NOTE: This article first appeared at In Military.
By Wes O’Donnell
Managing Editor of In Military, InCyberDefense and In Space News. Veteran, U.S. Army & U.S. Air Force.
Coming of age in Ronald Reagan’s neon-tinted 1980s, complete with big hair and big military spending, the Vietnam War was still a fresh wound on the psyche of America.
Start a Homeland Security degree at American Military University.
It was in this pre-Desert Storm environment that I was subjected to the over-the-top action movies of the 1980s like Commando, Top Gun and Rambo, which portrayed the U.S. military machine as an unstoppable force in an attempt to regain lost face in the aftermath of Vietnam.
And while some directors were focusing on the post-war veteran experience, like Michael Cimino’s The Deer Hunter, or simply using the Vietnam War as a setting for a larger story, like Francis Ford Coppola’s Apocalypse Now, there were very few directors willing to take an audience back to the authenticity and intimacy of the grunt soldier’s experience on the ground in Vietnam.
Oliver Stone’s 1986, semi-autobiographical, Oscar-winning movie Platoon did just that.
Platoon was my introduction to Stone’s work, and I used to listen to the soundtrack on cassette over and over, until the magnetic tape eventually disintegrated. Why the music of my father’s generation was vastly superior to my own is a topic for another time, but Stone took the audience in a completely different direction than was popular at the time, and it has had an impact on how I view the Vietnam War ever since.
Chasing the Light
Making art is no picnic. Stone’s 330-page memoir, out on July 21 and covering his life and career up to his first major achievement — winning an Oscar for his 1986 Platoon, highlights many of the difficulties of “surviving the movie game.”
Despite my interest in independent filmmaking, and my own work on a documentary about the Vietnam veteran homecoming, I was more drawn to his descriptions of adolescence. Some of the most intriguing passages deal with his childhood and the struggles of dealing with divorcing parents while simultaneously trying to find one’s own path to maturity and adulthood.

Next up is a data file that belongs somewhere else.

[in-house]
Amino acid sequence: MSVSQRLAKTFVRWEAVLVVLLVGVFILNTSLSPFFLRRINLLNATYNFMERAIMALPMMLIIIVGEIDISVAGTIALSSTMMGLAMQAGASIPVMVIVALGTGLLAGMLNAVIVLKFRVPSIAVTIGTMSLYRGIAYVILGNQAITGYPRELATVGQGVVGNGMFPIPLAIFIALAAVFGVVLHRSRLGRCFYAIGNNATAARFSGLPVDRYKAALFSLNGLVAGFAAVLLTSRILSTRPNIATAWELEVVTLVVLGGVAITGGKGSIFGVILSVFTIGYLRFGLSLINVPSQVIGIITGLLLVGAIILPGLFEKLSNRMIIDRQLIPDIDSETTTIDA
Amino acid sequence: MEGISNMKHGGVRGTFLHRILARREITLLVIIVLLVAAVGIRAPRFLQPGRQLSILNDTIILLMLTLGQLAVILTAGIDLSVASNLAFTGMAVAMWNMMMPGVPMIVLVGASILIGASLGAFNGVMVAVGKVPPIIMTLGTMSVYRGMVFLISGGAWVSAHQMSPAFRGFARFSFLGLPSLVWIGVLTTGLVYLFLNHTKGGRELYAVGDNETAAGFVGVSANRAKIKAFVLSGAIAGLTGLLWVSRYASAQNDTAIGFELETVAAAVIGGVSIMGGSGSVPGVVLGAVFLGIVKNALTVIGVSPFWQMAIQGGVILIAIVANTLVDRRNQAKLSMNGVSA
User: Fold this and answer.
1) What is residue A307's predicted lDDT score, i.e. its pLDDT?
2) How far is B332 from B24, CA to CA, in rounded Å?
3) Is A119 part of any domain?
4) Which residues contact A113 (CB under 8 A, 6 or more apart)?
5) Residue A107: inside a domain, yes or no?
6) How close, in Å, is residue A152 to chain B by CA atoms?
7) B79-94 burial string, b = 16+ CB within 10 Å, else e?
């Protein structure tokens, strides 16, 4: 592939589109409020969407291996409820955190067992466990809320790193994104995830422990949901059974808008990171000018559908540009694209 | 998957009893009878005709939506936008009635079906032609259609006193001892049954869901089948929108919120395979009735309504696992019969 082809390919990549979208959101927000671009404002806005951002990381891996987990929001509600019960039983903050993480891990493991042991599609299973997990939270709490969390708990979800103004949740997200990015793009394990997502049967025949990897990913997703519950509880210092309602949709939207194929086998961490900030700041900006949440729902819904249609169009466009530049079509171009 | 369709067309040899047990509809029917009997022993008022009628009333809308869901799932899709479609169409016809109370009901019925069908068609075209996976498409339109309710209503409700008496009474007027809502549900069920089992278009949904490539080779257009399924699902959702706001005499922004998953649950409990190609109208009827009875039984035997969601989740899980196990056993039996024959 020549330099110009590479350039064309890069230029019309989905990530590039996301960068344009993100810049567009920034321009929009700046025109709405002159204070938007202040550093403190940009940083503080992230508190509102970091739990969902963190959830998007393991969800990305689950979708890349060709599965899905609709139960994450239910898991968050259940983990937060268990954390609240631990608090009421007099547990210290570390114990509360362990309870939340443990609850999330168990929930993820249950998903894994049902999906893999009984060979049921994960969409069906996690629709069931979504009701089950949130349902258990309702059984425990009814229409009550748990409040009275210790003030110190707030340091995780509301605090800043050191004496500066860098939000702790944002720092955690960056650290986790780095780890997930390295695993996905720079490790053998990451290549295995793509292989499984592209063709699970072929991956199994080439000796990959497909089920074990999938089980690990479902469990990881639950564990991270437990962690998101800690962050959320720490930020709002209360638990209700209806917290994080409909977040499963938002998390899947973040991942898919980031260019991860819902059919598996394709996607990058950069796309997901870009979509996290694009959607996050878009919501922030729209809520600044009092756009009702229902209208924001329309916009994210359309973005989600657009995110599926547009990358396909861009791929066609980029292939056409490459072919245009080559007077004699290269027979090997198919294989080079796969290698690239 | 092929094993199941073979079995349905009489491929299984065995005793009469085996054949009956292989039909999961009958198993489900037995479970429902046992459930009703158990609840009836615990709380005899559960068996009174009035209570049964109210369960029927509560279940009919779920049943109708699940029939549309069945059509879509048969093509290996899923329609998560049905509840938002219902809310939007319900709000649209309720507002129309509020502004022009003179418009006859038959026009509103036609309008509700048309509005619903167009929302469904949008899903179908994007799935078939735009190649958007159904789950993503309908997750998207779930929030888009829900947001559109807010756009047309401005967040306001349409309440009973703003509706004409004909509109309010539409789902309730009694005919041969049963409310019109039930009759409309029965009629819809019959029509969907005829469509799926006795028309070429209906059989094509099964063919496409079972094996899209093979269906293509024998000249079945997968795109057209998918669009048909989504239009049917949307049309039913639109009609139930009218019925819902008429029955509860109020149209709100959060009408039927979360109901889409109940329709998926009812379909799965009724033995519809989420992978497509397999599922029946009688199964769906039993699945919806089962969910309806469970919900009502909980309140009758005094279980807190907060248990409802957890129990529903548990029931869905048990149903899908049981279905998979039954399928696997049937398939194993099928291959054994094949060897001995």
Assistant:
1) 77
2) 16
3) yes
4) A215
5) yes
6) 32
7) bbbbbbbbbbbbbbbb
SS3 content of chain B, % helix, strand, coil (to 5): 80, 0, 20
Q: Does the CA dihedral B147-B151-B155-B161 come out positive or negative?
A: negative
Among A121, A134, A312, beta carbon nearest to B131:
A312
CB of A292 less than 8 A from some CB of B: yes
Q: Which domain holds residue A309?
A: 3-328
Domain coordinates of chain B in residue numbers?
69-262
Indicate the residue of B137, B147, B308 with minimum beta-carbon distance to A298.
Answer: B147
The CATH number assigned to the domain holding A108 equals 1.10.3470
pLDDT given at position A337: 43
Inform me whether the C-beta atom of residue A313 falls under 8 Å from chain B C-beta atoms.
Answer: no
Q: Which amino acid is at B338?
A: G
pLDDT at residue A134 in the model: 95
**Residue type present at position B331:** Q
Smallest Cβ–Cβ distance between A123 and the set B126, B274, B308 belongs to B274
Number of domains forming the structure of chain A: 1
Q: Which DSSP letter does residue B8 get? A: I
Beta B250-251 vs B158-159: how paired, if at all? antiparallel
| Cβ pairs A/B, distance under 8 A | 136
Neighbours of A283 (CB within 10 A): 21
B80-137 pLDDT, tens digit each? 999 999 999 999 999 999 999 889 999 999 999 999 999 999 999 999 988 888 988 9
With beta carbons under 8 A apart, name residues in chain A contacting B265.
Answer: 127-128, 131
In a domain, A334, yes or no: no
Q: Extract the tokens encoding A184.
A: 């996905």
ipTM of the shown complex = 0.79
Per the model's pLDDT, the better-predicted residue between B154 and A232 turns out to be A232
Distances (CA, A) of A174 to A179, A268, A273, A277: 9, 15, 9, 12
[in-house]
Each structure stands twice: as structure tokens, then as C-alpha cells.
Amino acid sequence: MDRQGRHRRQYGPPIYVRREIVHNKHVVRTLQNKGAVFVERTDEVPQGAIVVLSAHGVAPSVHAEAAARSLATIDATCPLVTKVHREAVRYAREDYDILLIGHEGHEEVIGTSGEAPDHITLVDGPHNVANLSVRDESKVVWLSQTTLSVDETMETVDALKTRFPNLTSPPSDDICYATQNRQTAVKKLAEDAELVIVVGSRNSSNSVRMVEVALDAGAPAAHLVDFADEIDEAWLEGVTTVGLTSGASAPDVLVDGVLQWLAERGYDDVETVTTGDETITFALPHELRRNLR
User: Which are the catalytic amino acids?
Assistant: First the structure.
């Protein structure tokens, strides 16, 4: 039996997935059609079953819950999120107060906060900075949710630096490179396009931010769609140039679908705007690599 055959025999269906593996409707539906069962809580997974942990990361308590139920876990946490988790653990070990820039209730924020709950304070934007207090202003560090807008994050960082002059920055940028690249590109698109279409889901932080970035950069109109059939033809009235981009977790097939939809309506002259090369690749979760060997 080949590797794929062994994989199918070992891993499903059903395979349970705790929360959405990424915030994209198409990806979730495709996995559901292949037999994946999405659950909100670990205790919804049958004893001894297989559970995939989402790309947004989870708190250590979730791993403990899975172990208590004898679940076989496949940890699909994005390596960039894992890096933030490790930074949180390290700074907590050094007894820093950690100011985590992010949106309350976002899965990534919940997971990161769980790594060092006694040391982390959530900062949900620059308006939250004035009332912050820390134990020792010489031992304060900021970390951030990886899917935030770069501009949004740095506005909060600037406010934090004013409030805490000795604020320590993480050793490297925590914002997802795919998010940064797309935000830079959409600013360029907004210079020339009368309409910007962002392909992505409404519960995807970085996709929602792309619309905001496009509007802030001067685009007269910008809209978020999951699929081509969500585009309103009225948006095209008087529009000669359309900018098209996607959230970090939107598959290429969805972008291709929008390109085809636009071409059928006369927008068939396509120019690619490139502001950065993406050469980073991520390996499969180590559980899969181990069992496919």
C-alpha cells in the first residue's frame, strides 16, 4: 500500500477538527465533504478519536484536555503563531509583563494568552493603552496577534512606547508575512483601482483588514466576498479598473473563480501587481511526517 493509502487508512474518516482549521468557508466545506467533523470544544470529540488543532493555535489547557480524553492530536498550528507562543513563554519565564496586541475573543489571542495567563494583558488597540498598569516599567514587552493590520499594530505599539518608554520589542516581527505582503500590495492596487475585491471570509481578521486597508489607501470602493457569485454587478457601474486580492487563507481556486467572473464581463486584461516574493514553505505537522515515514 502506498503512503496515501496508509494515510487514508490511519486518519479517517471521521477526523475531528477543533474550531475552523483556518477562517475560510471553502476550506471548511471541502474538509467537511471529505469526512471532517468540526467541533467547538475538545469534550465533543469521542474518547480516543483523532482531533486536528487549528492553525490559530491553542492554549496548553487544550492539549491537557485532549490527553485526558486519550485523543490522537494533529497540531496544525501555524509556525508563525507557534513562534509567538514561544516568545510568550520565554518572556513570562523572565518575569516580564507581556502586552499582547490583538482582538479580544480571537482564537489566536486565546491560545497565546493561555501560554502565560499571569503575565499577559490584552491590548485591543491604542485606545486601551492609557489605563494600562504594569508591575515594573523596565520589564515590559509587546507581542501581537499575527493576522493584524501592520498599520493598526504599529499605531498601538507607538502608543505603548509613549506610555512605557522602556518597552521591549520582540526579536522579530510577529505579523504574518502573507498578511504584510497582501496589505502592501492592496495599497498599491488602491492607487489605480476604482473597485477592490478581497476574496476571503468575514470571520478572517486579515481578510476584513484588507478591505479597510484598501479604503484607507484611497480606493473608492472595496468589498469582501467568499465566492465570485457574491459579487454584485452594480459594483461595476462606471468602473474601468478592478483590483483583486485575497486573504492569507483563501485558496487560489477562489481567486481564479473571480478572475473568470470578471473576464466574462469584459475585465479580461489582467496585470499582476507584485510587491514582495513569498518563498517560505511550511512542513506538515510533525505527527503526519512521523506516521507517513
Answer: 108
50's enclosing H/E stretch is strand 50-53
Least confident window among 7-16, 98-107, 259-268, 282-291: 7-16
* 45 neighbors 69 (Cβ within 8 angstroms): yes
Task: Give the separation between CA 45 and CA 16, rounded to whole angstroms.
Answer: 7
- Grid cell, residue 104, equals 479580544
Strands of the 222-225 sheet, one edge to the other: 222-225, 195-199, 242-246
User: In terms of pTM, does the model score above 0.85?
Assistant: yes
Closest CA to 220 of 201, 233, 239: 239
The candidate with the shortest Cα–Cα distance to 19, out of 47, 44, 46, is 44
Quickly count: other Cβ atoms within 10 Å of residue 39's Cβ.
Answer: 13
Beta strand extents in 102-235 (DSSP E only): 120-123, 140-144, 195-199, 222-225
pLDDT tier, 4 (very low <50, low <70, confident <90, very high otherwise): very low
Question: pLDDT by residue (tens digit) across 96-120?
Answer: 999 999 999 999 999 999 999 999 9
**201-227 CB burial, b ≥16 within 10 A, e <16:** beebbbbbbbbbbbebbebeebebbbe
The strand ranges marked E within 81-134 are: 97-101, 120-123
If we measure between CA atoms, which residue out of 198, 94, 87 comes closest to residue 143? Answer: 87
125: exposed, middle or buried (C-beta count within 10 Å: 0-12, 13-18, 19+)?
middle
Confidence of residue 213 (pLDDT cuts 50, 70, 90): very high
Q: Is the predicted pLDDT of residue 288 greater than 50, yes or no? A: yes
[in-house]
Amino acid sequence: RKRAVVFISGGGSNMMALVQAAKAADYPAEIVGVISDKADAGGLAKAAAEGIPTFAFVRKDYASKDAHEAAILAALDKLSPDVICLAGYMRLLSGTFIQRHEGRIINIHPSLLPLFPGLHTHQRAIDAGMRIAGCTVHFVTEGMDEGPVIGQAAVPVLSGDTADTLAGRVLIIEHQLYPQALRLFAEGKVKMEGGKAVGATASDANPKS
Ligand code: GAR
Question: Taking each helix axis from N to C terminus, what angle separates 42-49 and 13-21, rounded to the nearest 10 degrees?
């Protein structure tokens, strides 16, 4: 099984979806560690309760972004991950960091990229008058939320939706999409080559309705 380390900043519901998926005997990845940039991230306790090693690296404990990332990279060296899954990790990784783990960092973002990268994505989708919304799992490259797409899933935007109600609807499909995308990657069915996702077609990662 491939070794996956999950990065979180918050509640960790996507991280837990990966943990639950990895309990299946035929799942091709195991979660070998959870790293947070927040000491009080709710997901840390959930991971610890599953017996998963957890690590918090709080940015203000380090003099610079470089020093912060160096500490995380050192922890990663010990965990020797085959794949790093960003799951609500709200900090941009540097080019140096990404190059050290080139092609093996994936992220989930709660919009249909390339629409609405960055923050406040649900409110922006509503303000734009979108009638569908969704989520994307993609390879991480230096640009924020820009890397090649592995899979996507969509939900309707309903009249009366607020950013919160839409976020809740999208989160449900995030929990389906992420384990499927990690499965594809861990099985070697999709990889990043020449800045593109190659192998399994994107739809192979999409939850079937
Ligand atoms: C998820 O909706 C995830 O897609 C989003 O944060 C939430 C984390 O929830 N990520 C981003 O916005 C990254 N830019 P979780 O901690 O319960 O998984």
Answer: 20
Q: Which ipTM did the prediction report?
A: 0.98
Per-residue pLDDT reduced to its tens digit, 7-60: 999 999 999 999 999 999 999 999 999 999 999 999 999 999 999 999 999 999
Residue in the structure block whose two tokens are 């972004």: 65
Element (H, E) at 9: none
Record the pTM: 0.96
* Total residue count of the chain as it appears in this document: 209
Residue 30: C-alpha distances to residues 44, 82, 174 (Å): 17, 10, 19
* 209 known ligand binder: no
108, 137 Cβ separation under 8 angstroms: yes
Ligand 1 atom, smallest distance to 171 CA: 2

While reading about Stone’s early life, I felt an eerie connection; our childhoods share many similarities, albeit separated by a generation. As a result, I found myself more empathetic to his childhood traumas than I might have otherwise been.
For someone also raised in a broken home, I feel Stone’s anguish when he writes, “Children like me are born out of that original lie, and living a false front, we suffer for it when we feel that nothing and nobody can ever be trusted again. Adults become dangerous. Reality becomes loneliness. Love either does not exist or cannot survive.”
For Stone, as it is with many in the military, myself included, maturity was thrust upon him very quickly through the unique experience of military service, specifically the Vietnam War.
As you would expect from a filmmaker, Stone’s writing style is very visual and descriptive and movie buffs will get a thrill from trivia tidbits like how he originally considered Keanu Reeves for Charlie Sheen’s part in Platoon.
Still a Controversial Figure
Today, Stone is equally well-known for his controversy as much as his movies. Some critics accuse him of promoting unsubstantiated conspiracy theories, and of misrepresenting real-world events and figures in his works. His film JFK, about the assassination of President Kennedy, immediately comes to mind.
However, Stone has said, “I’m not controversial. I make people think, sometimes,” he told The Guardian in 2008. “Maybe making people think is controversial.”
And therein lies the issue: Anytime a public figure makes a piece of art that goes against conventional wisdom or modern values, it gets labeled as “controversial.”
In reality, Oliver Stone is, like all of us, complicated. Think he’s a leftist? Bet you didn’t know he voted for Ronald Reagan in 1980. Think he’s a conspiracy theorist? Here are twelve crazy conspiracy theories that actually turned out to be true. Besides, his biopics on Edward Snowden and George W. Bush were shockingly accurate.
As a former servicemember, Stone might be considered the first veteran content creator of the modern era. For his service, his military awards include the Bronze Star with “V” Device for valor, the Purple Heart with Oak Leaf Cluster to denote two awards and the Air Medal among others.
Ultimately, the content that Stone creates, in the form of film directing and producing, is subjective, as all art is. And his book about his journey to becoming a successful content creator is well worth the read for anyone interested in the drive it takes to achieve your long-term goals, specifically in the film industry.
The Final Verdict
We rank books on a five-star scale:
Chasing the Light is an intimate memoir by the controversial and outspoken Oscar-winning director and screenwriter about his complicated New York childhood, volunteering for combat and his struggles and triumphs making such films as Platoon, Midnight Express, and Scarface.
CHASING THE LIGHT
Writing, Directing, and Surviving “Platoon,” “Midnight Express,” “Scarface,” “Salvador,” and the Movie Game
By Oliver Stone
330 pp. Houghton Mifflin Harcourt. $28.
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